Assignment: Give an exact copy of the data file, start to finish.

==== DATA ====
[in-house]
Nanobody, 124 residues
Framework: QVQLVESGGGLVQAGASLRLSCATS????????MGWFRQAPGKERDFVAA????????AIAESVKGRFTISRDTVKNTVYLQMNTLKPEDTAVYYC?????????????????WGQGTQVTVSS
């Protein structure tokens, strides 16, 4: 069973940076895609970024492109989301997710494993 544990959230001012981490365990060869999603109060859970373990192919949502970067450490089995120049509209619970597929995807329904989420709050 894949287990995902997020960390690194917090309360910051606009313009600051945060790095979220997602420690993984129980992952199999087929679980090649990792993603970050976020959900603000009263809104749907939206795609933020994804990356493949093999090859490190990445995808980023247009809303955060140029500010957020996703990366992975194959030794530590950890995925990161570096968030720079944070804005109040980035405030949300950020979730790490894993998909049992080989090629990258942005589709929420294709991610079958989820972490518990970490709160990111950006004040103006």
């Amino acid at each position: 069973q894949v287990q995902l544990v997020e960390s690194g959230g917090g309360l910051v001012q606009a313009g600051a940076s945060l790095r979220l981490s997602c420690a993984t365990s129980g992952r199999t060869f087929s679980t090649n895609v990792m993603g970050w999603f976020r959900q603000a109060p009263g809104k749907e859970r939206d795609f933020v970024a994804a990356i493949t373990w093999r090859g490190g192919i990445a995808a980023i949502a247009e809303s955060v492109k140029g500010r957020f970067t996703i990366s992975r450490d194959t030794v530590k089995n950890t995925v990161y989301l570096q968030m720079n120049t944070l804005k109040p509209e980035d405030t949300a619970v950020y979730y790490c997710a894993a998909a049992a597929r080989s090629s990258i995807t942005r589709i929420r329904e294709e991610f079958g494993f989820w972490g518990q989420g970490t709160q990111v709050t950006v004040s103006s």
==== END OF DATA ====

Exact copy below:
[in-house]
Nanobody, 124 residues
Framework: QVQLVESGGGLVQAGASLRLSCATS????????MGWFRQAPGKERDFVAA????????AIAESVKGRFTISRDTVKNTVYLQMNTLKPEDTAVYYC?????????????????WGQGTQVTVSS
């Protein structure tokens, strides 16, 4: 069973940076895609970024492109989301997710494993 544990959230001012981490365990060869999603109060859970373990192919949502970067450490089995120049509209619970597929995807329904989420709050 894949287990995902997020960390690194917090309360910051606009313009600051945060790095979220997602420690993984129980992952199999087929679980090649990792993603970050976020959900603000009263809104749907939206795609933020994804990356493949093999090859490190990445995808980023247009809303955060140029500010957020996703990366992975194959030794530590950890995925990161570096968030720079944070804005109040980035405030949300950020979730790490894993998909049992080989090629990258942005589709929420294709991610079958989820972490518990970490709160990111950006004040103006």
């Amino acid at each position: 069973q894949v287990q995902l544990v997020e960390s690194g959230g917090g309360l910051v001012q606009a313009g600051a940076s945060l790095r979220l981490s997602c420690a993984t365990s129980g992952r199999t060869f087929s679980t090649n895609v990792m993603g970050w999603f976020r959900q603000a109060p009263g809104k749907e859970r939206d795609f933020v970024a994804a990356i493949t373990w093999r090859g490190g192919i990445a995808a980023i949502a247009e809303s955060v492109k140029g500010r957020f970067t996703i990366s992975r450490d194959t030794v530590k089995n950890t995925v990161y989301l570096q968030m720079n120049t944070l804005k109040p509209e980035d405030t949300a619970v950020y979730y790490c997710a894993a998909a049992a597929r080989s090629s990258i995807t942005r589709i929420r329904e294709e991610f079958g494993f989820w972490g518990q989420g970490t709160q990111v709050t950006v004040s103006s």